15 Slang Words and Phrases That Should Become Obsolete


Let’s bid farewell to the slang that once made us the coolest in the room but now might leave others scratching their heads. From the hip vernacular of disco divas to the catchy phrases that ruled early internet chat rooms, it’s time to explore—and maybe retire—some of these favorite throwback terms.



Once the go-to term for anything cool during the disco inferno era, “groovy” now mainly survives as a kitschy relic in “That ’70s Show” reruns. It’s a quaint reminder that not all oldies continue to be goldies.



“Radical” was the battle cry for bleach-haired surfers and the Teenage Mutant Ninja Turtles. It’s mostly a nostalgic whisper from your old skateboard, evoking memories of scraped knees and simpler times. Now, it stands as a ‘has-been’, echoing an audacious past.

On Fleek

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Perfect eyebrows and outfits were “on fleek” in the mid-2010s, an utterance that soared in popularity thanks to viral social media moments. Today, it’s as trendy as neon leg warmers, serving as a good laugh rather than a serious compliment.



“Be Right Back” morphed into the acronym BRB during the bygone days of internet chat. While it thrived in the era of instant messaging, it’s less common in the age of constant connectivity, where everyone is assumed to be perennially online.


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As a one-word approval or compliment, “sweet” dominated casual conversation in the early 2000s. Although still popular, it can seem outdated, akin to an old poster of a beloved band. Its usage now carries a hint of irony or nostalgia among those who remember its heyday.



“Phat” was the ultimate praise for something cool or attractive, rolling off the tongue of every wannabe trendsetter; it was simply a funny reminder of when oversized everything was fashionable, from jeans to jargon. As a capsule from the baggy clothes era, it captures past trends with nostalgia.



Originally a surfer’s term for something extreme or formidable, “gnarly” now sounds more suited for describing garden weeds than anything genuinely impressive. It might be a bit old-school for maximum coolness points. How about using something more lit or fire instead?



“Dude” has ridden the waves from surfer lingo to mainstream vernacular, previously a staple of every teen movie worth its salt. Though it’s still heard sometimes, its overuse has worn it out, preparing it for a freshening up.



Mashing “chill” and “relax” together seemed like a good idea at the time, but “chillax” now triggers eye rolls instead of nods. It’s the linguistic equivalent of a dad joke, not quite landing as intended and often reminding us why some hybrids are better left unmade.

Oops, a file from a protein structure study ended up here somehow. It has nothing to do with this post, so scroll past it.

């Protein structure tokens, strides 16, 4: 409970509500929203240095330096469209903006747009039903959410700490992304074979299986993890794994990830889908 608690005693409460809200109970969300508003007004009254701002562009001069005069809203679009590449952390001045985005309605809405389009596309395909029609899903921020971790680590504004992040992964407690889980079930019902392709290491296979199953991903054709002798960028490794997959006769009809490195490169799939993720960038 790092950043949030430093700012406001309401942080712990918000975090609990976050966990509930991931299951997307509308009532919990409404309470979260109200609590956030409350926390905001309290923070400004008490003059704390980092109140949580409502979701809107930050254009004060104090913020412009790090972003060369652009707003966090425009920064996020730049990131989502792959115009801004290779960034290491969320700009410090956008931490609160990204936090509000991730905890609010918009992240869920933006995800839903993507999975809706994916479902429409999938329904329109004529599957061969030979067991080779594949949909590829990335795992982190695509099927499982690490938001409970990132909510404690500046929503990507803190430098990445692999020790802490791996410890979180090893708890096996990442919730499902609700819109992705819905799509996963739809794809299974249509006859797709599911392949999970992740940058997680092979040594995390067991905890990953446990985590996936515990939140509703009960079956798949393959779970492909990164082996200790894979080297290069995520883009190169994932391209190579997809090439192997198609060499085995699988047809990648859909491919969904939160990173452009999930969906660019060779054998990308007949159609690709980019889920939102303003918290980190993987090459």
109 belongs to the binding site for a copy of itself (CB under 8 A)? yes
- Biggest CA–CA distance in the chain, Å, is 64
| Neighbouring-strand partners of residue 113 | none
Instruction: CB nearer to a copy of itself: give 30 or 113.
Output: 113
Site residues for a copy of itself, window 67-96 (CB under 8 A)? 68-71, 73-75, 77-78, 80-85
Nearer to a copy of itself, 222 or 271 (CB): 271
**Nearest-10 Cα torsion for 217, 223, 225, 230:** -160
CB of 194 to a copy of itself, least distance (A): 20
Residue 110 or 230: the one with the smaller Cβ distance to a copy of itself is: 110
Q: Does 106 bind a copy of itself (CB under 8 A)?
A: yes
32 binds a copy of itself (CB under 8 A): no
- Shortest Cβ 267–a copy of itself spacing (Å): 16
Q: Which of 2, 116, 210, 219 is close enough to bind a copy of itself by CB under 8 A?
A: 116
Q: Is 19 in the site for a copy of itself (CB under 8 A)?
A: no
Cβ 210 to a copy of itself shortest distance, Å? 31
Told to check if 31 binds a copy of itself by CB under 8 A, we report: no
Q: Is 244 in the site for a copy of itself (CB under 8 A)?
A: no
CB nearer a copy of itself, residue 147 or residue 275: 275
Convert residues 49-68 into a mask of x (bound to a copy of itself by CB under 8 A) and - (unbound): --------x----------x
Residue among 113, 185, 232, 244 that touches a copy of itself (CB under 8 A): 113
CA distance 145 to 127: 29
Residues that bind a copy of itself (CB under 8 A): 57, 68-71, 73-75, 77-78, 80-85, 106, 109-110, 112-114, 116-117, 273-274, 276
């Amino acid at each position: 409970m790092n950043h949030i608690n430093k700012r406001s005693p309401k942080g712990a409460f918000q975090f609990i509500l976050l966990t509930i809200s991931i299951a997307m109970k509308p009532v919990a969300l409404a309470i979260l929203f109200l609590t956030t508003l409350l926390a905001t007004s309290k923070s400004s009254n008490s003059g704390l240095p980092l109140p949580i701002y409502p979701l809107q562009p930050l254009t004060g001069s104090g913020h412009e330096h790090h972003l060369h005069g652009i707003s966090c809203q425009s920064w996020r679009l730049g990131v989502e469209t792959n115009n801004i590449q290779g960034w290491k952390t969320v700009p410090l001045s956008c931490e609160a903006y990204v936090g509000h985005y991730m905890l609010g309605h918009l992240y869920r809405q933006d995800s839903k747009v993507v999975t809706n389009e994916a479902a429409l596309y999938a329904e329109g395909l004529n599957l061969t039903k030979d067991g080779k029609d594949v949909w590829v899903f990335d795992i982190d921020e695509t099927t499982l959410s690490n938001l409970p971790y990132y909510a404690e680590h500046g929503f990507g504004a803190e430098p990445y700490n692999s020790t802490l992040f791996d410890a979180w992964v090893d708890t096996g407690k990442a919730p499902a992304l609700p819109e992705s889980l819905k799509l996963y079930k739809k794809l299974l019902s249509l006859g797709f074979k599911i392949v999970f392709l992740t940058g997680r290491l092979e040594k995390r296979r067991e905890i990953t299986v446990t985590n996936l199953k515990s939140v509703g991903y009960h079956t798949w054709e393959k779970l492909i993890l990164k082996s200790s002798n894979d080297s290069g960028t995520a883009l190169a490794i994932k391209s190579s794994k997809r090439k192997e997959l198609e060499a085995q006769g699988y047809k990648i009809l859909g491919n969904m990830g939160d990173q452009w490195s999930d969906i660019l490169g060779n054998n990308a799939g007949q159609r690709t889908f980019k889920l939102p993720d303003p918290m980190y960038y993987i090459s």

Right On

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“Right on” was the spirited affirmation of the ’60s and ’70s, oozing solidarity and support. Now, it should be accompanied by a peace sign reserved for those reminiscing about the days of vinyl records and bell-bottoms.



A favorite in NorCal for amplifying nearly everything, “hella” has wandered far from its regional charm. Outside its hometown, it sounds like someone is going overboard to keep their street cred or clinging to its youthful vibe by a thread.



“Totes,” an attempt to shorten “totally,” sounded like a lazy drop of syllables. An informal contraction that became too casual, it’s now resting comfortably in the slang retirement home. This expression reflects the era of text-speak that many are eager to leave behind.



“Swag” used to mean someone stylishly confident, but now it’s about as rad as promotional pens. Jargon has been swagged out, leaving room for less swagger-heavy synonyms, often replaced by terms that don’t try as hard to be lit.



Thanks to “Mean Girls,” “fetch” tried hard to become a thing. It never did; it’s just a fun pop culture reference, a nod to things that will never happen, reminding us that not all cinematic trends can leap off the screen into reality.

Talk to the Hand


“Talk to the hand” was the ultimate brush-off in the ’90s, a way to end interactions without grace. Conversational use of the phrase is often for comedic effect rather than a serious purpose, reminiscent of old TV show catchphrases.


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